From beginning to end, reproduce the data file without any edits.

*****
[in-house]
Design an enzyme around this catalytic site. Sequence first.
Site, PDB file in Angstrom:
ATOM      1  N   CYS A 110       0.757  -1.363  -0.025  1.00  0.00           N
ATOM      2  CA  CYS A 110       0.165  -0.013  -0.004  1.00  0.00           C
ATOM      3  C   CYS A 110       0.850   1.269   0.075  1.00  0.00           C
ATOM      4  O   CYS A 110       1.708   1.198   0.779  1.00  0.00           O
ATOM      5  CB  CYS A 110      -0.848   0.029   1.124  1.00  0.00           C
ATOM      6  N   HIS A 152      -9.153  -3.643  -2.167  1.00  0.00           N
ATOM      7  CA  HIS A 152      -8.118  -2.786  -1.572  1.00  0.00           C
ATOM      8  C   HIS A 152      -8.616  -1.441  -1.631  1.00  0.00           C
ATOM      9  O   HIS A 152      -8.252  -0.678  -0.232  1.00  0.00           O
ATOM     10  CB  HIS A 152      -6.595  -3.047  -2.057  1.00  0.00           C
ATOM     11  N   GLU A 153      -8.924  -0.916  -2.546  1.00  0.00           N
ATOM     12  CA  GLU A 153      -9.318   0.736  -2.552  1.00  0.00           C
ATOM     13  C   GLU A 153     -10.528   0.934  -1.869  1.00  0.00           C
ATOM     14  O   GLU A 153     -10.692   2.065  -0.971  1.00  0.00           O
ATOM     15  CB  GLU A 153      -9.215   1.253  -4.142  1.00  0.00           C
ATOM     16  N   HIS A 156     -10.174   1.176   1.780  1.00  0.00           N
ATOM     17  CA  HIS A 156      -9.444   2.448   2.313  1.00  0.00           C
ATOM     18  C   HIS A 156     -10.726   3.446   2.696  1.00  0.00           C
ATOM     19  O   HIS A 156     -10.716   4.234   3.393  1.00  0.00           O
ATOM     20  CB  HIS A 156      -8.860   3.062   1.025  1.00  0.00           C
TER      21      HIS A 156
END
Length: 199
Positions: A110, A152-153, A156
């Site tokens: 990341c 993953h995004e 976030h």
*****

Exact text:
[in-house]
Design an enzyme around this catalytic site. Sequence first.
Site, PDB file in Angstrom:
ATOM      1  N   CYS A 110       0.757  -1.363  -0.025  1.00  0.00           N
ATOM      2  CA  CYS A 110       0.165  -0.013  -0.004  1.00  0.00           C
ATOM      3  C   CYS A 110       0.850   1.269   0.075  1.00  0.00           C
ATOM      4  O   CYS A 110       1.708   1.198   0.779  1.00  0.00           O
ATOM      5  CB  CYS A 110      -0.848   0.029   1.124  1.00  0.00           C
ATOM      6  N   HIS A 152      -9.153  -3.643  -2.167  1.00  0.00           N
ATOM      7  CA  HIS A 152      -8.118  -2.786  -1.572  1.00  0.00           C
ATOM      8  C   HIS A 152      -8.616  -1.441  -1.631  1.00  0.00           C
ATOM      9  O   HIS A 152      -8.252  -0.678  -0.232  1.00  0.00           O
ATOM     10  CB  HIS A 152      -6.595  -3.047  -2.057  1.00  0.00           C
ATOM     11  N   GLU A 153      -8.924  -0.916  -2.546  1.00  0.00           N
ATOM     12  CA  GLU A 153      -9.318   0.736  -2.552  1.00  0.00           C
ATOM     13  C   GLU A 153     -10.528   0.934  -1.869  1.00  0.00           C
ATOM     14  O   GLU A 153     -10.692   2.065  -0.971  1.00  0.00           O
ATOM     15  CB  GLU A 153      -9.215   1.253  -4.142  1.00  0.00           C
ATOM     16  N   HIS A 156     -10.174   1.176   1.780  1.00  0.00           N
ATOM     17  CA  HIS A 156      -9.444   2.448   2.313  1.00  0.00           C
ATOM     18  C   HIS A 156     -10.726   3.446   2.696  1.00  0.00           C
ATOM     19  O   HIS A 156     -10.716   4.234   3.393  1.00  0.00           O
ATOM     20  CB  HIS A 156      -8.860   3.062   1.025  1.00  0.00           C
TER      21      HIS A 156
END
Length: 199
Positions: A110, A152-153, A156
């Site tokens: 990341c 993953h995004e 976030h």